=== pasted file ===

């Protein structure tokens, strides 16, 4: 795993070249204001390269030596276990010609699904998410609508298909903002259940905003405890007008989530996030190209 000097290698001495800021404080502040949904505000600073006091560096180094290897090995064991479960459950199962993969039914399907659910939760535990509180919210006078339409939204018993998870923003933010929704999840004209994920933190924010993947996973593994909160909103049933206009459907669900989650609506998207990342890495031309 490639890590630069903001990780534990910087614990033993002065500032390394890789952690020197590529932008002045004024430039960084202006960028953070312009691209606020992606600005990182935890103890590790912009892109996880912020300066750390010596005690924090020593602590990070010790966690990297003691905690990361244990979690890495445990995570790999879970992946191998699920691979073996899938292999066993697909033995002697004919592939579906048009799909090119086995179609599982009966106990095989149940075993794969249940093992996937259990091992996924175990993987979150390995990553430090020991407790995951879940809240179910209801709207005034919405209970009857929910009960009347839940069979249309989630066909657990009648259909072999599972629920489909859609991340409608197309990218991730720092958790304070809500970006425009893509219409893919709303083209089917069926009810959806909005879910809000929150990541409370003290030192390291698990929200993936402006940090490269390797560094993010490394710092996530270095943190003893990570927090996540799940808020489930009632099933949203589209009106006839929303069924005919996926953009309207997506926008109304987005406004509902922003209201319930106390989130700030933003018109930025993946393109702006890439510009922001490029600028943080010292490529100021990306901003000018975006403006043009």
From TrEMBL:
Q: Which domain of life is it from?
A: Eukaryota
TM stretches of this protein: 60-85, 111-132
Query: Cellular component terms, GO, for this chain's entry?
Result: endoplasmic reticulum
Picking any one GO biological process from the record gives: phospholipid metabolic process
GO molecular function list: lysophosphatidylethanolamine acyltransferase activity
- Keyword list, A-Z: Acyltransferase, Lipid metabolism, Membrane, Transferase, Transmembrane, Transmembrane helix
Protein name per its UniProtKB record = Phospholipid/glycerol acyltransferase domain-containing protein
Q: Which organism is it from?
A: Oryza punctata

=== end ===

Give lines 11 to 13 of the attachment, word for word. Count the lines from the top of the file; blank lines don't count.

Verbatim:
Protein name per its UniProtKB record = Phospholipid/glycerol acyltransferase domain-containing protein
Q: Which organism is it from?
A: Oryza punctata